Governing Migration through a Gender Perspective: Rights, Risks, Responsibilities
- Gender Equality
- Human Rights
Gender-related impacts of migration have become increasingly relevant, most especially as they relate to labour migration pathways and long-term corridors, including the impacts on families in origin communities (Lam & Yeoh, 2018; Shivakoti et al, 2021). In recent years, bilateral labour agreements have become increasingly popular migration governance instruments as states look to expand “orderly and regular pathways” for migration, as evidenced in the Global Compact for Migration (UN, 2018). Regularization programmes have also offered means for states to enable undocumented migrant workers to be brought into more formal labour settings. For states, such schemes can serve a dual purpose of regulating migration and addressing labour market issues. Such instruments are embedded in specific socio-economic contexts and the outcome of political processes, and the implications for gender are often neglected or under-explored. Further, new research is emerging on the impacts of COVID-19 on migrant women abroad and state repatriation efforts to assist migrant workers(Asis, 2020). This hybrid panel brings together researchers working on migration governance through a gender perspective from across the world with discussion on the implications for changing dynamics in safe, orderly and regular migration.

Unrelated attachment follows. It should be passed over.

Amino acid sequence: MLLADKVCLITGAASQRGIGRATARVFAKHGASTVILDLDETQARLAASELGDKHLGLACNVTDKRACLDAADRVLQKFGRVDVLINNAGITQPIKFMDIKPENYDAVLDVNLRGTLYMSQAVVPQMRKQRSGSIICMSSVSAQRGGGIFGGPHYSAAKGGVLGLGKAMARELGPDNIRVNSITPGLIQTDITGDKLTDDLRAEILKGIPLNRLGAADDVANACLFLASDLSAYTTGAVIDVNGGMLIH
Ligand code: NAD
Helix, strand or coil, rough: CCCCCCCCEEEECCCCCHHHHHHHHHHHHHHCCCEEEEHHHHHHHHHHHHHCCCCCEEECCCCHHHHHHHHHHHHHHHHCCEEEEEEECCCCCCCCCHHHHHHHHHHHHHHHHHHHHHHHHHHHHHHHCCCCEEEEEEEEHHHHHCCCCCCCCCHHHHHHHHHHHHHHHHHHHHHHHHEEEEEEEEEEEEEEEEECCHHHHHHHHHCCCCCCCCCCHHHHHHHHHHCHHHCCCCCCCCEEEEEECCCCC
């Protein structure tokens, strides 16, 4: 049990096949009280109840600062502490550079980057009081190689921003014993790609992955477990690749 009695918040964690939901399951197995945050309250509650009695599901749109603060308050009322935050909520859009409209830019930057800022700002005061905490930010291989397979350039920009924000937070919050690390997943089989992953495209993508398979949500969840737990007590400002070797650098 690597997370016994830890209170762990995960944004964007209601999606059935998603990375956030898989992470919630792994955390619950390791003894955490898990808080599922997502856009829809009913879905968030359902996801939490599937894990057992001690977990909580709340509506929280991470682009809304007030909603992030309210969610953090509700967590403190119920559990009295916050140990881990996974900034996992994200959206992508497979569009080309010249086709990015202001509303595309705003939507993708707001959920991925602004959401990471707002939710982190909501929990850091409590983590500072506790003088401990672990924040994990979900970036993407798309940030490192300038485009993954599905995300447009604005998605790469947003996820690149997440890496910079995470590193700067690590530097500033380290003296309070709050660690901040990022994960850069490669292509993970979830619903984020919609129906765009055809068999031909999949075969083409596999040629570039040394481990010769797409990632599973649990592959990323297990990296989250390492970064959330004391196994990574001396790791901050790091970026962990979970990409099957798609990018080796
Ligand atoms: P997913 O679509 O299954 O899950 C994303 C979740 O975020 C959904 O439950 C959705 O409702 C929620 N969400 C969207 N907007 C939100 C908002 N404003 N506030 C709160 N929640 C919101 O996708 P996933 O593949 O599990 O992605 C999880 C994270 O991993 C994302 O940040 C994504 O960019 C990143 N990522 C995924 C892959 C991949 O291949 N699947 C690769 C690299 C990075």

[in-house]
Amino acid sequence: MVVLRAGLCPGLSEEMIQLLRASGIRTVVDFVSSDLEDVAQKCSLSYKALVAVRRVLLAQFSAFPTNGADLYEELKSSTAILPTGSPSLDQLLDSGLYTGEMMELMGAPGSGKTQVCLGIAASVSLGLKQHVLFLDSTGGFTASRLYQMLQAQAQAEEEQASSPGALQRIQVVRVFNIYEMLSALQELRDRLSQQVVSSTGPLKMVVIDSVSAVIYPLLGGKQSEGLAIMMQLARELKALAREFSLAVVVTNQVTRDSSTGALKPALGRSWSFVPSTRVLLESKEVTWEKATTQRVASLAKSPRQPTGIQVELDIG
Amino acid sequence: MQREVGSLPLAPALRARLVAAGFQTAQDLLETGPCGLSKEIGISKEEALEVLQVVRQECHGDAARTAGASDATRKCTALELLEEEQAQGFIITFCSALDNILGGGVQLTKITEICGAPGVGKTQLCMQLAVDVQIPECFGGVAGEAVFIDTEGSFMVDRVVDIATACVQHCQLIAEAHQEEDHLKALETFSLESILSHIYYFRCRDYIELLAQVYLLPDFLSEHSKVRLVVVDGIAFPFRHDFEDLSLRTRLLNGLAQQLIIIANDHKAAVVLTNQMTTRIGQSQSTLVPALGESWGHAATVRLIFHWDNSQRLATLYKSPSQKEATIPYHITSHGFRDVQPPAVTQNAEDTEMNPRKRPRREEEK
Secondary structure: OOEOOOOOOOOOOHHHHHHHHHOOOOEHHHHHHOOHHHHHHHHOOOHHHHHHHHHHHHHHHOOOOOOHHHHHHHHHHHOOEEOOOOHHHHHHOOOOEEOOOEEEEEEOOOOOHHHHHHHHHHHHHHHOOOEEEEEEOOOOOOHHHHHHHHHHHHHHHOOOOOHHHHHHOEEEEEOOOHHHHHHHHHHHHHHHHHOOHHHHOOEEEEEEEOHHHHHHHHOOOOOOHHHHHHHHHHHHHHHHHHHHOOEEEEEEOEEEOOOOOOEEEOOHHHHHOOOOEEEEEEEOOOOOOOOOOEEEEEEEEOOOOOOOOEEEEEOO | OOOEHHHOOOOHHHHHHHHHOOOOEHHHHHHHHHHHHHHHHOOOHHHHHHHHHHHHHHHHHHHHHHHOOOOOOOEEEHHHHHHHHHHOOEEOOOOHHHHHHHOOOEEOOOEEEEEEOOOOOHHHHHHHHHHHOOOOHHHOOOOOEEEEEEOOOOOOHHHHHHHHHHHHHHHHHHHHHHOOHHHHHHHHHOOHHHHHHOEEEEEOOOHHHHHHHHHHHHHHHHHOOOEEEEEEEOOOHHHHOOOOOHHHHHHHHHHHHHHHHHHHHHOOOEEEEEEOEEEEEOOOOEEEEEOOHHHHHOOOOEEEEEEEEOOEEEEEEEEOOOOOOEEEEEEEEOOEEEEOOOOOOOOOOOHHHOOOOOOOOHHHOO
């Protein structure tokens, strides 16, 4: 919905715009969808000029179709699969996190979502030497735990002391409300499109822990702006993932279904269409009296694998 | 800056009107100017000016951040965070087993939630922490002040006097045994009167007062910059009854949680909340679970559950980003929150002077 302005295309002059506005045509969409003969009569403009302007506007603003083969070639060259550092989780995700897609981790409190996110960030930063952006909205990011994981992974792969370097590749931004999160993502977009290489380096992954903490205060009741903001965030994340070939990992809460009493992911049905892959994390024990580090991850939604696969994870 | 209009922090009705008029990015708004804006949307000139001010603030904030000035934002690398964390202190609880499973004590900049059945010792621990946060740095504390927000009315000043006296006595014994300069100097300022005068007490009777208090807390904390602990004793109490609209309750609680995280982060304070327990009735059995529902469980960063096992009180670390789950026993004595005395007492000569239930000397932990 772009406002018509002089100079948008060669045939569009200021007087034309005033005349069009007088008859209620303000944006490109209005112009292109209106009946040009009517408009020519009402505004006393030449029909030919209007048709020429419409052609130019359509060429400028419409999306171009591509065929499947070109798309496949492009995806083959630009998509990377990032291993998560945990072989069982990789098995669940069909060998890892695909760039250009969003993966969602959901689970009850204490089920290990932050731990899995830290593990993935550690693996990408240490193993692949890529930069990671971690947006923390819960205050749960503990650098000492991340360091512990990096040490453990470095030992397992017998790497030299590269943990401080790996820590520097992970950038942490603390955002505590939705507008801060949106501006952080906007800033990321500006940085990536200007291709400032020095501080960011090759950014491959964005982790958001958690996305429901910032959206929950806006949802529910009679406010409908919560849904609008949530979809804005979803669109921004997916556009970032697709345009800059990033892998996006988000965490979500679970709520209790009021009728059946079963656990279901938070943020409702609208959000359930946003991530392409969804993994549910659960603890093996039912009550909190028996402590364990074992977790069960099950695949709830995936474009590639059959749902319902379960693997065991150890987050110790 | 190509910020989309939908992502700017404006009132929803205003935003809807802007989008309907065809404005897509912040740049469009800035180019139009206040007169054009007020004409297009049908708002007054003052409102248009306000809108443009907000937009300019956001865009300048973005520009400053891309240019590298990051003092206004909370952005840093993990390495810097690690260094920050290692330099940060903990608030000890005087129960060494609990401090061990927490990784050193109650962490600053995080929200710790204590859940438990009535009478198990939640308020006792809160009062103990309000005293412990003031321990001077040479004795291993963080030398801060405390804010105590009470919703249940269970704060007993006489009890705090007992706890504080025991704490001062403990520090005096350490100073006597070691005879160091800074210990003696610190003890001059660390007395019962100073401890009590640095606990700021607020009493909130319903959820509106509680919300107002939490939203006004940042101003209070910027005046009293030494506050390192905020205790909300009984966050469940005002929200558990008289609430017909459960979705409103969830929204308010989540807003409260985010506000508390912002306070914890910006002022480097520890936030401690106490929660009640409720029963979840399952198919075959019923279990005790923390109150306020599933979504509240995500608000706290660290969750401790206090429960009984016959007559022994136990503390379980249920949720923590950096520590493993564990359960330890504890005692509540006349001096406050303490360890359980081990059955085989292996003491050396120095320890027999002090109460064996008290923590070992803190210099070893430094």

"Bilateral labour agreements through a gender lens: insights from Sri Lanka"
- Nicola PiperQueen Mary University of London (United Kingdom)Virtual
"COVID-19 Impacts on Low-income Migrant Women"
- Rose JajiUniversity of Zimbabwe (Zimbabwe)Virtual
"Venezuelan migrant women and regularization"
- Feline FreierUniversidad del Pacífico (Peru)Virtual
"Gender dimensions of (returned) migrant worker households"
- Celine BaulozInternational Organization for Migration (Switzerland)In-person
- Jenna BlowerInternational Organization for Migration (Switzerland)In-person
- Marie McAuliffeInternational Organization for Migration (Switzerland)In-person
- Eva Akerman BorjeInternational Organization for MigrationIn-person